The Power of the Dog ⭐️⭐️⭐️ Review by Andrea Carnevali
Charismatic rancher Phil Burbank inspires fear and awe in those around him. When his brother brings home a new wife and her son, Phil torments them until he finds himself exposed to the possibility of love. Available on Netflix.
Just when I am writing this, I’m also very aware that this Western without guns is typical of the sort of film which critics love and the average moviegoer hates. The current score on Rotten Tomatoes proves my point: 93% vs 63%.
This divide is usually a sign of a pretentious or boring film, and while The Power of Dog is definitely not either of those (though it might be considered a bit slow if you’re just used to watch Marvel stuff), it is certainly a film that requires patience, attention and sensibility.
For those with a more refined taste the reward is an elegant and evocative film, which tries to be both understated and powerful (the emphasis on the word “tries” might give away where I stand in all this).
Director Jane Campion hasn’t made a feature film in about 12 years, but she certainly remembers how to work with actors and how to frame her story with a camera.
The film looks beautiful and it’s incredibly atmospheric constantly shifting between wide and epic landscapes, burnt by the sun and lingering tight close-ups on the faces of a strong cast as if to expose the many layers of repressed emotions.
The 1967 novel by Thomas Savage, on which the film is based, has been around in Hollywood for a while. At one point Paul Newman and Gerard Depardieu were said to be interested in it. But in the end main role went to Benedict Cumberbatch, who’s delivered a performance that’s likely to take him to the Oscars. His character is full contradictions and insecurities, at times hateful, cruel, brash and insensitive, but others weak, lonely and ultimately a sad broken man.
But to me it’s young Kodi Smit-McPhee who is the real (cold) heart of the film. I remember being impressed by him as a child about a decade ago in Let Me In and The Road. I wish I could say more about him but I wouldn’t want to spoil the ending which not only caught me by surprise, but left me incredibly eager to talk about it and unpack with anyone who has seen it.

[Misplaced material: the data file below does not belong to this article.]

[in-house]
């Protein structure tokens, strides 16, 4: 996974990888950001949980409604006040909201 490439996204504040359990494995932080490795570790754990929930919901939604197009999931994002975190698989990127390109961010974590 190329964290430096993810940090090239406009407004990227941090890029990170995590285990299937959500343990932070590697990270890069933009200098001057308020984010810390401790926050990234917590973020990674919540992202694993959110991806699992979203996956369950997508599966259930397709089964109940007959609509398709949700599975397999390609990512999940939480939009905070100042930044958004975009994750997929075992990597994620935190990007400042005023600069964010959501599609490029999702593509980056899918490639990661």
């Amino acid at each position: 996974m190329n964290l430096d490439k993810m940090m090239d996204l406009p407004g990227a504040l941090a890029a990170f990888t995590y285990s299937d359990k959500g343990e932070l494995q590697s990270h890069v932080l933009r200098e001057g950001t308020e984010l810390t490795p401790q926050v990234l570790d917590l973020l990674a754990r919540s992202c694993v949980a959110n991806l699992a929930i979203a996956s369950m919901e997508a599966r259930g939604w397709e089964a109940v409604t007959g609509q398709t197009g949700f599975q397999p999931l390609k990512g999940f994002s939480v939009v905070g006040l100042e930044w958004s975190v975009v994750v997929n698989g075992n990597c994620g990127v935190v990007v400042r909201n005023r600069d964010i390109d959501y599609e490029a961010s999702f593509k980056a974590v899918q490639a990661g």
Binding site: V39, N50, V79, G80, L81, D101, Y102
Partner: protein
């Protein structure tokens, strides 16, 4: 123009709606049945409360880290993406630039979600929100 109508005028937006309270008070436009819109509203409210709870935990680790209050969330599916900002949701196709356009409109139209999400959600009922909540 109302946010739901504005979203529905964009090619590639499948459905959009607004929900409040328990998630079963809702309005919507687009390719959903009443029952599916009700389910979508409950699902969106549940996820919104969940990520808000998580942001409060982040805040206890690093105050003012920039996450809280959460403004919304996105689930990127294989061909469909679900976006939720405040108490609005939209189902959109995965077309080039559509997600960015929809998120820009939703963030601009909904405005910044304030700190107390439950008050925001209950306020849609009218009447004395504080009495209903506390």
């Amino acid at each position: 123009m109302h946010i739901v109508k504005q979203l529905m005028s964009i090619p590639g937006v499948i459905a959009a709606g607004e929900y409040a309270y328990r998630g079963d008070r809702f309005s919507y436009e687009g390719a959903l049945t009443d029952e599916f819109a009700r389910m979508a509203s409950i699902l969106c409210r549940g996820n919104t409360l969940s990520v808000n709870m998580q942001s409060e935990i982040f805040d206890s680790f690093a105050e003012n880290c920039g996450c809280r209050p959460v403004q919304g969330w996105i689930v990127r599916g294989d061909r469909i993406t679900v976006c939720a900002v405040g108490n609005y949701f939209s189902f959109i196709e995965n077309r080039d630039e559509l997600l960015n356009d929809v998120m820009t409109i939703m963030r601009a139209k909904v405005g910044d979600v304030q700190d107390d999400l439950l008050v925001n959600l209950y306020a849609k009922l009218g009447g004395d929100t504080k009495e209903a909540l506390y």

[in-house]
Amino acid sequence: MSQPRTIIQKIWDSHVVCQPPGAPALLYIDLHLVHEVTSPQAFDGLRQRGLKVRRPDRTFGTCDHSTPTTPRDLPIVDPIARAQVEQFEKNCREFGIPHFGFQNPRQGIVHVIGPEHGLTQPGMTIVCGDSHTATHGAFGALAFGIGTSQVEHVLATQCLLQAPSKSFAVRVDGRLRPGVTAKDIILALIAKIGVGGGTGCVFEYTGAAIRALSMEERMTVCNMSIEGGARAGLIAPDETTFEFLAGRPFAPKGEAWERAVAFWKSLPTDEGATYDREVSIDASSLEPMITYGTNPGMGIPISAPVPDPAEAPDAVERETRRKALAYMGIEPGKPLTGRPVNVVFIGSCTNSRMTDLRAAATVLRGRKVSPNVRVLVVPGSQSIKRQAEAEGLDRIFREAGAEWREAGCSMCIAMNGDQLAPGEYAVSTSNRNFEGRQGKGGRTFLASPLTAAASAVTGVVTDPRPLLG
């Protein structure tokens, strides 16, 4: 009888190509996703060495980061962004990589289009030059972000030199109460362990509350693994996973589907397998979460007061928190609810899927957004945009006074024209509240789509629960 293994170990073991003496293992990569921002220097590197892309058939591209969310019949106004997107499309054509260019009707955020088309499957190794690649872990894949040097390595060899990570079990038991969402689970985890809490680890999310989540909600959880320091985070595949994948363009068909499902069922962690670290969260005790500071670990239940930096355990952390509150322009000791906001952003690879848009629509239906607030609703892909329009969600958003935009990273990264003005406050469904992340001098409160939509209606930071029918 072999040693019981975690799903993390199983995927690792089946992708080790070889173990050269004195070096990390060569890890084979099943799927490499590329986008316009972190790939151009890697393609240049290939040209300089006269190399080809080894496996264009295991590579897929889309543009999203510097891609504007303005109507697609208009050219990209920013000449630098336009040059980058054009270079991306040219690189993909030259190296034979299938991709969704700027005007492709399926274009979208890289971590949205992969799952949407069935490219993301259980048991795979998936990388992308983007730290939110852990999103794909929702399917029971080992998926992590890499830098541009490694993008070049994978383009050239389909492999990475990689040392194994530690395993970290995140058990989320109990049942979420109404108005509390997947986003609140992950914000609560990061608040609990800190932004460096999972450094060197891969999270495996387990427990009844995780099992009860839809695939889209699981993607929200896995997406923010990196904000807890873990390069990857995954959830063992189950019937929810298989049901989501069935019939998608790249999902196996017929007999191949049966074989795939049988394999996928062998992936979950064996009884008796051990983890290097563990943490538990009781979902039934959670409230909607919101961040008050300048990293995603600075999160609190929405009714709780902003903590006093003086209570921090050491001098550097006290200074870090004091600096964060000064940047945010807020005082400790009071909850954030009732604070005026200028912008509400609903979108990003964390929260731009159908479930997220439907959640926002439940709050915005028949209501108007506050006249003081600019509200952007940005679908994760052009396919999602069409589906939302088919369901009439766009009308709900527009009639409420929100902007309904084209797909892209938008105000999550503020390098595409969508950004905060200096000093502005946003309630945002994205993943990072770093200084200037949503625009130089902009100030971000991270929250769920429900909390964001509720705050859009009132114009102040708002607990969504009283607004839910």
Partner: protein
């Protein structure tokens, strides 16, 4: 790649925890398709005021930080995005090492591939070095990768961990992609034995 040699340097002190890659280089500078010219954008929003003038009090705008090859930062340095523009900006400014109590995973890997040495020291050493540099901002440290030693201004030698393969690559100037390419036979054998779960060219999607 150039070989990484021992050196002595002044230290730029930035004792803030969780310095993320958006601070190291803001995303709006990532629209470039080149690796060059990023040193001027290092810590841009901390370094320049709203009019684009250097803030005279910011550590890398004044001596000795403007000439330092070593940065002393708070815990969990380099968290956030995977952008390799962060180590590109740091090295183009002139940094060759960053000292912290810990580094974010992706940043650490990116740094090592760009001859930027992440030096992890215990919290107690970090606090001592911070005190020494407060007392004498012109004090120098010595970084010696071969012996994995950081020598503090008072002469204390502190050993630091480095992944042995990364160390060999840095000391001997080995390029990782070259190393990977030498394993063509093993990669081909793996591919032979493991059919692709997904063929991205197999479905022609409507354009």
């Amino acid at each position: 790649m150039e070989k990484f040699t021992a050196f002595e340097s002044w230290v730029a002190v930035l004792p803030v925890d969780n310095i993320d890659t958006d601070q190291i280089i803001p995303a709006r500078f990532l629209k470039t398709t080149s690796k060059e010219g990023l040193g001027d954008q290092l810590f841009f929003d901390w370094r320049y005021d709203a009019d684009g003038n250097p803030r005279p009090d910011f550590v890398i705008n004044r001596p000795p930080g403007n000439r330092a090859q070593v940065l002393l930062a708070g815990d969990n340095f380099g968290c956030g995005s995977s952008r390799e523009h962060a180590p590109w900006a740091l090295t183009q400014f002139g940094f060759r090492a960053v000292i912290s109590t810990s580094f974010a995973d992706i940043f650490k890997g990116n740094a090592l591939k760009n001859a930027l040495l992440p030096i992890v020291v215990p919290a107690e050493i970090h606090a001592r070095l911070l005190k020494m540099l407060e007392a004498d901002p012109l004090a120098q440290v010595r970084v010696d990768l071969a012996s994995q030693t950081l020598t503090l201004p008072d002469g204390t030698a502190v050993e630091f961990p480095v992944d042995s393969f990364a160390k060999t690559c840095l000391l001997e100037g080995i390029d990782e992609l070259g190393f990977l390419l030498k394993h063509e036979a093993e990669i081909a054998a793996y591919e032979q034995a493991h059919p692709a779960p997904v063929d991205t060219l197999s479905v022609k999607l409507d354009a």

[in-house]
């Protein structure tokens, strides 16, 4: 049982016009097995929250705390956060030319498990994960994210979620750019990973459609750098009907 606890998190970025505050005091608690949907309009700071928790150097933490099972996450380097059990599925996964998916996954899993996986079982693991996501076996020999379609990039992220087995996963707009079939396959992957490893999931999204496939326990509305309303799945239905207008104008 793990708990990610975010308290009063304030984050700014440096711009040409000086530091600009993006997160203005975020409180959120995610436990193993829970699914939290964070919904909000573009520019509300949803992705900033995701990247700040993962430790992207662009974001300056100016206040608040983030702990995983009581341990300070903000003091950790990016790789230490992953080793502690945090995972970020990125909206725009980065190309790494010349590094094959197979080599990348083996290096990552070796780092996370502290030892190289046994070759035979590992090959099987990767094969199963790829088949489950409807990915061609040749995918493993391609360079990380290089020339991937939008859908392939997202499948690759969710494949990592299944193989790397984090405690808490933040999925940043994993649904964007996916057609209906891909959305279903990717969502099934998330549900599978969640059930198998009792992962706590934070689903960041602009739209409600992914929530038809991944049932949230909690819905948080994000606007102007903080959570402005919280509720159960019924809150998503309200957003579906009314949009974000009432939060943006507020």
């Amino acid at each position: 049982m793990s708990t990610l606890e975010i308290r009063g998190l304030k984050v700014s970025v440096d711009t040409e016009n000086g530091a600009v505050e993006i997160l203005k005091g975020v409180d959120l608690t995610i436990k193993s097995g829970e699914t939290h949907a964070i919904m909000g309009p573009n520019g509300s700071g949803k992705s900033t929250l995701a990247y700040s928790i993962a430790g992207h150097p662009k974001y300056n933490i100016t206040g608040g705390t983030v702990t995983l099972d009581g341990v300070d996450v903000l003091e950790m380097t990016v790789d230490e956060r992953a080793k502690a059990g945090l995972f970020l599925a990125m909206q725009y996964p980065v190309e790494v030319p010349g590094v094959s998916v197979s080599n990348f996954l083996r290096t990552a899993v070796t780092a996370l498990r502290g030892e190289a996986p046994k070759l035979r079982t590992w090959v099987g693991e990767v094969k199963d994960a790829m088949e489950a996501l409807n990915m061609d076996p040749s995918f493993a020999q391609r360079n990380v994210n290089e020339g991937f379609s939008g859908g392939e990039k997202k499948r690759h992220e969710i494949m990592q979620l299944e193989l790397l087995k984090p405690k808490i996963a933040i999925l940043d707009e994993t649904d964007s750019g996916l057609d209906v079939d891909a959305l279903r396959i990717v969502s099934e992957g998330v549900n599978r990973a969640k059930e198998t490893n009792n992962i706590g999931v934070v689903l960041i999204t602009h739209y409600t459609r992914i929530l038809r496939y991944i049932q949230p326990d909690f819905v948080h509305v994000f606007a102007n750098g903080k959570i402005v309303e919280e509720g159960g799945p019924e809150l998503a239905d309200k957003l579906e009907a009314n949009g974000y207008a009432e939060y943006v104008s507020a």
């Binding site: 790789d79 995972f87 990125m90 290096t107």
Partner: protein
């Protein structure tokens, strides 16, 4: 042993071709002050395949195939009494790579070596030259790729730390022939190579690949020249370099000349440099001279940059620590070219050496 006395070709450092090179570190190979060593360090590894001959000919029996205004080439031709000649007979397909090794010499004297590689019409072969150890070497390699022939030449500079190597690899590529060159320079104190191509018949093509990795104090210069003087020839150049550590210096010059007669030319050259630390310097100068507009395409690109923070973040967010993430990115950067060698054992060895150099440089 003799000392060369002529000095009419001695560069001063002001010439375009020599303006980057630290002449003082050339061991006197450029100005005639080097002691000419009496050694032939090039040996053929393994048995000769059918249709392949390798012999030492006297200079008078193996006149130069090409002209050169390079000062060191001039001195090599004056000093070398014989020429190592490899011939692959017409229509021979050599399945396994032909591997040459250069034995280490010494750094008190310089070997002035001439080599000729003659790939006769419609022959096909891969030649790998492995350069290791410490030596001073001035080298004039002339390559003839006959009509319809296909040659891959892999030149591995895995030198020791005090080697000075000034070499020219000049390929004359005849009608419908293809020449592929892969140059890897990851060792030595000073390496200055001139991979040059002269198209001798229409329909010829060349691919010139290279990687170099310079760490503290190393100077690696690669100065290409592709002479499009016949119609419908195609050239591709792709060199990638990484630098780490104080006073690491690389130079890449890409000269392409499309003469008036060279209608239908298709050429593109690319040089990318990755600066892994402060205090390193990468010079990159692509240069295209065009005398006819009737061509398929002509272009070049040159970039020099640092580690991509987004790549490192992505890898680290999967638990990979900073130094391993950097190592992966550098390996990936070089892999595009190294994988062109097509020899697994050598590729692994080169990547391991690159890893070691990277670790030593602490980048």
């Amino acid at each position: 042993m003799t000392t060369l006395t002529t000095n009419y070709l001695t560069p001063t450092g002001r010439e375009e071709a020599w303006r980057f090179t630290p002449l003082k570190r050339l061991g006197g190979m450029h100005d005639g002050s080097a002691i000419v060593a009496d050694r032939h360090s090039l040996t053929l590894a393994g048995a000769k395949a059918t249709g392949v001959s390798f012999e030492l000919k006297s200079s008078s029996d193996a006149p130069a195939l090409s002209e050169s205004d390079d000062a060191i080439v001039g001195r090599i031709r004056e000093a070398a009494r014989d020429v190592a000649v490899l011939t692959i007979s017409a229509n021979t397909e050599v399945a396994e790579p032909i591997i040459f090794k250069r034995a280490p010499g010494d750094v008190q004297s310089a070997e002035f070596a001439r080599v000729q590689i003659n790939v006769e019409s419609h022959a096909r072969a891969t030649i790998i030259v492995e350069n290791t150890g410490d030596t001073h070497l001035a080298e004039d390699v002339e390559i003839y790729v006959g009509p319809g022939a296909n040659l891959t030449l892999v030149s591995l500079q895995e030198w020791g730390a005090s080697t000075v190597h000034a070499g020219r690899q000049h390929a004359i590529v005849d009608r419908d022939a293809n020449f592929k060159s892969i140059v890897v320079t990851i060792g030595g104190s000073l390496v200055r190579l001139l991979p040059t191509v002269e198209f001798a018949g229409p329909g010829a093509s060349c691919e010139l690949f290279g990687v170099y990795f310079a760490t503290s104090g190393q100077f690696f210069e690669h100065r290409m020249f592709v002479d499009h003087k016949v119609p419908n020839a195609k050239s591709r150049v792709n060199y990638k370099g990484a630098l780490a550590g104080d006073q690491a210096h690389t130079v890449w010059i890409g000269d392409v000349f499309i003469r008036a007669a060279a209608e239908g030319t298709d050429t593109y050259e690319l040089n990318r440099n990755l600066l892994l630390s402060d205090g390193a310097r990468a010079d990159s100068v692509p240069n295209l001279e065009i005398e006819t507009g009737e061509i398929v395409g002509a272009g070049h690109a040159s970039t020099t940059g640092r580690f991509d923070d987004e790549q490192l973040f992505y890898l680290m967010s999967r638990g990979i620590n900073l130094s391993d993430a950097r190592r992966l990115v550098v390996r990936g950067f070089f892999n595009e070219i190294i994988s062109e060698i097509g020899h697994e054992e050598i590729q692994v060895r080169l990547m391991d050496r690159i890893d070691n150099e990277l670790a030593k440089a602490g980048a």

This is not a perfect film by all means, it’s a bit too long for a start and yet some of the key transitions and changes in the relationships between some of the characters seemed to happen too fast for me and because of that I didn’t quite buy into it the film completely.
More crucially, Jane Campion’s conscious decision (or stubbornness) to keep it all understated and just about bubbling under the surface, too often backfired and resulted in me watching it cold, from a distance, rather than actually caring about the characters.
Obviously one doesn’t always have to care about the people on screen to appreciate what’s happening, but having now seen how it all develops and especially how it ends, I’m sure there was a much more powerful film (and a more emotionally engaging one too) somewhere.
So basically in the end I’m pretty much in between a critic and an average moviegoer… There you go, the story of my life.
Andrea Carnevali is a Bafta winning film maker who lives in Chiswick.
Don’t Look Up is available to watch on Netflix from 10 December.
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